The Victorian Government has introduced new legislation that will force vehicle owners displaying offensive images or slogans to remove them or face being deregistered.
Under the legislation, any Victorian registered vehicle that displays sexist, obscene or offensive slogans can be referred to the Ad Standards Community Panel, which will review it against the Australian Association of National Advertisers Code of Ethics.
If the Panel finds the ad breaches the code, then the image/slogan must be removed – or the vehicle’s registration will be cancelled.
Once passed, Victorian law will be consistent with laws already in operation in Queensland, Tasmania and the ACT, and help get vehicles displaying sexist, offensive or obscene slogans off our roads.
Minister for Roads Jaala Pulford said:
“There is no excuse for displaying vile, sexist or offensive messages on vehicles which is why we’re taking this action to take those vehicles off our roads.”
“I encourage anyone who sees a vehicle with sexist or offence slogans to report it to the Department of Transport to help deliver the message that these vehicles are not welcome on Victorian roads.”
UK age-verification has kids – and parents - at heart
In 2016, a UK report was published on the ‘impact of online porn on the values, attitudes, beliefs and behaviours of children and young people’. The report showed that nearly half of 11-16-year old boys and girls had seen online pornography, and that first exposure to porn was most likely to be accidental, rather than pursued.
From the report came a powerful statement from the Children’s Commissioner for England: there is no room for complacency.
“It cannot be right that so many children may be stumbling across and learning about sex from degrading and violent depictions of it. We need to act to restrict their access to such material and to ensure that they have spaces in which to discuss and learn about safe relationships and sex. It is our duty to protect children from harm and so we must ensure this happens.”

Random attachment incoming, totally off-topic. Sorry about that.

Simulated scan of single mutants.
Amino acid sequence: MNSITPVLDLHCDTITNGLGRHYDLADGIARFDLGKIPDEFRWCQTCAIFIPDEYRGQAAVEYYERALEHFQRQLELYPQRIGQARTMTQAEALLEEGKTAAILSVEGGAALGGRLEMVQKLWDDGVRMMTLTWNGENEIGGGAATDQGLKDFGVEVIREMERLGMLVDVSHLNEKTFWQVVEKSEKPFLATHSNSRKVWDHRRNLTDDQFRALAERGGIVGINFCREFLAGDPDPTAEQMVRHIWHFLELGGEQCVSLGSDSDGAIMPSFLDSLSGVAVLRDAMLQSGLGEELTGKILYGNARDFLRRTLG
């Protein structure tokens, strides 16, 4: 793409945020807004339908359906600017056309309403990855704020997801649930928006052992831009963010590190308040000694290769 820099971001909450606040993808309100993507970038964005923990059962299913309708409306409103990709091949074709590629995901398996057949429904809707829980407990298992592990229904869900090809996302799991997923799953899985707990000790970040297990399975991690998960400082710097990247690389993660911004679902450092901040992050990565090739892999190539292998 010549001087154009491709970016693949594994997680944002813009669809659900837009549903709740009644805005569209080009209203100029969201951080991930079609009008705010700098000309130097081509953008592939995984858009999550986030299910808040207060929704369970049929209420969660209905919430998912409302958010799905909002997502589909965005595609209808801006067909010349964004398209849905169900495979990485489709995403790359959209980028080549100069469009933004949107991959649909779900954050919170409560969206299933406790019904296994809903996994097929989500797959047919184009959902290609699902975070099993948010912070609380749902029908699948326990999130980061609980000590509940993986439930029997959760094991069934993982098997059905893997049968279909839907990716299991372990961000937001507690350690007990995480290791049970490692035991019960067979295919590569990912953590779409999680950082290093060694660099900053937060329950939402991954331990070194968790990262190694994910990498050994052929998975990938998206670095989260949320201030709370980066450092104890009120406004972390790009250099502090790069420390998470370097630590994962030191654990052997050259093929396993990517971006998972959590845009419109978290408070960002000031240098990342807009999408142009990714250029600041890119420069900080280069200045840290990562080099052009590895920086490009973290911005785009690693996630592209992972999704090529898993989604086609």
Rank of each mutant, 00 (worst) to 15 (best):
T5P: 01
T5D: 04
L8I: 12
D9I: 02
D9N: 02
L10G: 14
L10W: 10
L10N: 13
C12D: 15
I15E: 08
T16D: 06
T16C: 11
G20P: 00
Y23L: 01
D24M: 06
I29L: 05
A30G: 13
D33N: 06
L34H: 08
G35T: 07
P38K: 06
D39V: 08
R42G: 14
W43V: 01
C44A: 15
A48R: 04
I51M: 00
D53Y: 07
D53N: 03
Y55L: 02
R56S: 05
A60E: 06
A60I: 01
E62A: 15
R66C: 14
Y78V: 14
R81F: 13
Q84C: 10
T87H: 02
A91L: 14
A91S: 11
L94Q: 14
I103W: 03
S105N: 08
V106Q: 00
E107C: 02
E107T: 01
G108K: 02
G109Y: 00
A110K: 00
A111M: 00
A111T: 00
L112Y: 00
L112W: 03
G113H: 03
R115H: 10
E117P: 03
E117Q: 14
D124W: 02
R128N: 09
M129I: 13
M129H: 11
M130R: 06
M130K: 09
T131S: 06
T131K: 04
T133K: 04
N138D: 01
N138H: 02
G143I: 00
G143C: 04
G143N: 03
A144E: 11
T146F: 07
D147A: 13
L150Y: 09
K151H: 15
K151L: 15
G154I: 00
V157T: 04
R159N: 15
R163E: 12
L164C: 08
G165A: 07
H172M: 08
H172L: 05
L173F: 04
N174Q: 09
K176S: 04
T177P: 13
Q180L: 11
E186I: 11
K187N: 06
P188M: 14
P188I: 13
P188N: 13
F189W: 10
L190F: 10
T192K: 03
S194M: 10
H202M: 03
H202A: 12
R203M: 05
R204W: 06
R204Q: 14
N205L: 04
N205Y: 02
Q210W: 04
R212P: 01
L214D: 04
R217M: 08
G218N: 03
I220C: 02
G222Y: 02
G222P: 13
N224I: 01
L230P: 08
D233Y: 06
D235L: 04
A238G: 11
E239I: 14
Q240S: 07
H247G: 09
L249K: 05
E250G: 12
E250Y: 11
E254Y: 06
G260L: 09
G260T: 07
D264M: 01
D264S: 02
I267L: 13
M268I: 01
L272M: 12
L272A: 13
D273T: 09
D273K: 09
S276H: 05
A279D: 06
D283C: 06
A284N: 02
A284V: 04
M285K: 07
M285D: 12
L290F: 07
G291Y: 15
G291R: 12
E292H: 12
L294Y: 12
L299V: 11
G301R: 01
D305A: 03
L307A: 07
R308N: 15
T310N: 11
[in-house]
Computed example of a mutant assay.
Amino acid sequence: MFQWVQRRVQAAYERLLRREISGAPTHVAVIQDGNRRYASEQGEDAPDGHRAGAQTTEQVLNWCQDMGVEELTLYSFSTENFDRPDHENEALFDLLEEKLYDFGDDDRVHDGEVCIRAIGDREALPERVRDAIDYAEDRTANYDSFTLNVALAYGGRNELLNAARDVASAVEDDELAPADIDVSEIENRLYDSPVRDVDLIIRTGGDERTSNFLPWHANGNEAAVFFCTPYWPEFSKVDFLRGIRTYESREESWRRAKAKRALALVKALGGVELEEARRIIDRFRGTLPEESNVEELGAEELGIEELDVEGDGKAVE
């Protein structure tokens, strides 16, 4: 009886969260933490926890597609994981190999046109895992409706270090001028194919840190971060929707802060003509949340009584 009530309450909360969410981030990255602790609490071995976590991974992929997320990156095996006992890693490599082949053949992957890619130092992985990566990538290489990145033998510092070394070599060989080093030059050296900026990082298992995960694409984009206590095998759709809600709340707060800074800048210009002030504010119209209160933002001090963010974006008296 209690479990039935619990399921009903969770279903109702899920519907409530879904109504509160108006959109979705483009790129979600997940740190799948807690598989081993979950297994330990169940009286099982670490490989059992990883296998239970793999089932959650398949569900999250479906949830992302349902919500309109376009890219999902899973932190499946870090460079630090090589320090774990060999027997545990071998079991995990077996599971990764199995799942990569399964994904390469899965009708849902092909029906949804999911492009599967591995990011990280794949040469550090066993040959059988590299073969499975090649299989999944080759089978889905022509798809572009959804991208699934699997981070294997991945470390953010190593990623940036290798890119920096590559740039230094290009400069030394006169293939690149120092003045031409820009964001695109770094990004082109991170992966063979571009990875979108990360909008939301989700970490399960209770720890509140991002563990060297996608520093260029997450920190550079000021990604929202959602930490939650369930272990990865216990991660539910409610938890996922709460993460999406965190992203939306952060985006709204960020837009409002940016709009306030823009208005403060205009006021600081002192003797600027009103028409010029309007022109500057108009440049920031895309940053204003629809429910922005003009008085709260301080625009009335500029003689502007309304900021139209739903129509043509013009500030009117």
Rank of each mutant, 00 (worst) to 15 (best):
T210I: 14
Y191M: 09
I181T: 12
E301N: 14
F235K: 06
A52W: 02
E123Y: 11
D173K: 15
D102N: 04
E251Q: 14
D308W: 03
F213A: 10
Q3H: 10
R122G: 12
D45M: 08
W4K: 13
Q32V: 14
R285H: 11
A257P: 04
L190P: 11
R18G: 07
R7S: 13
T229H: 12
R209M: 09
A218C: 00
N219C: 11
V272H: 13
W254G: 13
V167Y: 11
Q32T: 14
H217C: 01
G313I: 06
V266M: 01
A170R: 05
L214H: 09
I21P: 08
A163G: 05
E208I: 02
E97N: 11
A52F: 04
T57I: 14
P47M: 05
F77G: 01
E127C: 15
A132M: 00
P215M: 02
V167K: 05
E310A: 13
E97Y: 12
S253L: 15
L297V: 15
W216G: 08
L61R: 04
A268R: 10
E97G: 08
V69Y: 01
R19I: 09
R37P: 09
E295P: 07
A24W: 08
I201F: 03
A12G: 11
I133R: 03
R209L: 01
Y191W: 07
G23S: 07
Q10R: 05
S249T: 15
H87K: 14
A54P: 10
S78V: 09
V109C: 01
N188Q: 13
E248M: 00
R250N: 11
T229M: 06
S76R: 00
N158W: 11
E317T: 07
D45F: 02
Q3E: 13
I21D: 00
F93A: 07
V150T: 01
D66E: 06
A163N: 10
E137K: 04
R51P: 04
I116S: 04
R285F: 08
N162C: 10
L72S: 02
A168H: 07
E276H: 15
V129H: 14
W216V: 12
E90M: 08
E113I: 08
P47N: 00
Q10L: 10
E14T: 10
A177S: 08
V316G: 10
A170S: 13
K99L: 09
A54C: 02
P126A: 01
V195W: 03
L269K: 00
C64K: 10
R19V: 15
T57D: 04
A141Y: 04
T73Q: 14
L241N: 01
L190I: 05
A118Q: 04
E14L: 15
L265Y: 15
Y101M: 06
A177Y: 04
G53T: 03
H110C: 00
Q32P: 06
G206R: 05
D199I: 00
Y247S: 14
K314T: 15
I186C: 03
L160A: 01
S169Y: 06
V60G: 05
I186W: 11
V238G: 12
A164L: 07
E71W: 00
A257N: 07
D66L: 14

Now, in 2019, age-verification has been introduced to UK law via the Digital Economy Act. From 15 July, all websites hosting porn will be required by law to have an age-verification system. According to the British Board of Film Classification (BBFC) – the body responsible for regulating the system – age-verification is about keeping kids “as safe as possible whenever they’re on the web”.
Age verification is not just about kids though. It’s also about their parents and carers. Remarkably, 88% of polled parents supported the UK introduction of the age-verification system. This overwhelming favour for age-verification is not surprising, especially considering that the standard defence offered by the porn industry has been that if kids are accessing porn, parents are at fault. But as Caitlin Roper’s March 2018 Huffington Post article highlights, the cards are stacked against parents and carers, in the porn industry’s favour. When simple key-stroke errors and searches based on cartoon characters can give a child direct access to porn-sites, parents haven’t got a hope of protecting their children. It’s simply not a fair fight. The support from UK parents for age verification is an acknowledgment that they are in a no-win situation to protect their kids from porn and that they need help.
Back to the kids. As John Carr, a leading UK authority on children’s and young people’s use of digital technology, puts it, ultimately age-verification is aimed at “helping children grow up to be healthy, well-adjusted adults”.
And so only one question remains: why would anybody in Australia not want that too? With less than a week until the election, there’s still time to ask your candidate that very question.
Legislation to help protect children from on-line predators has passed through Federal Parliament on Thursday. The Criminal Code Amendment (Protecting Minors) Bill, known as “Carly’s Law”, was introduced by Senators Skye Kakoschke-Moore and Nick Xenophon.
This has followed 10 years of campaigning by Sonya Ryan following the brutal murder of her 15-year-old daughter by a 50-year-old paedophile who she had met on-line while he was posing as a teenage boy. Carly’s murder in February 2007 was the first widely reported Australian case of a young person murdered by an on-line predator.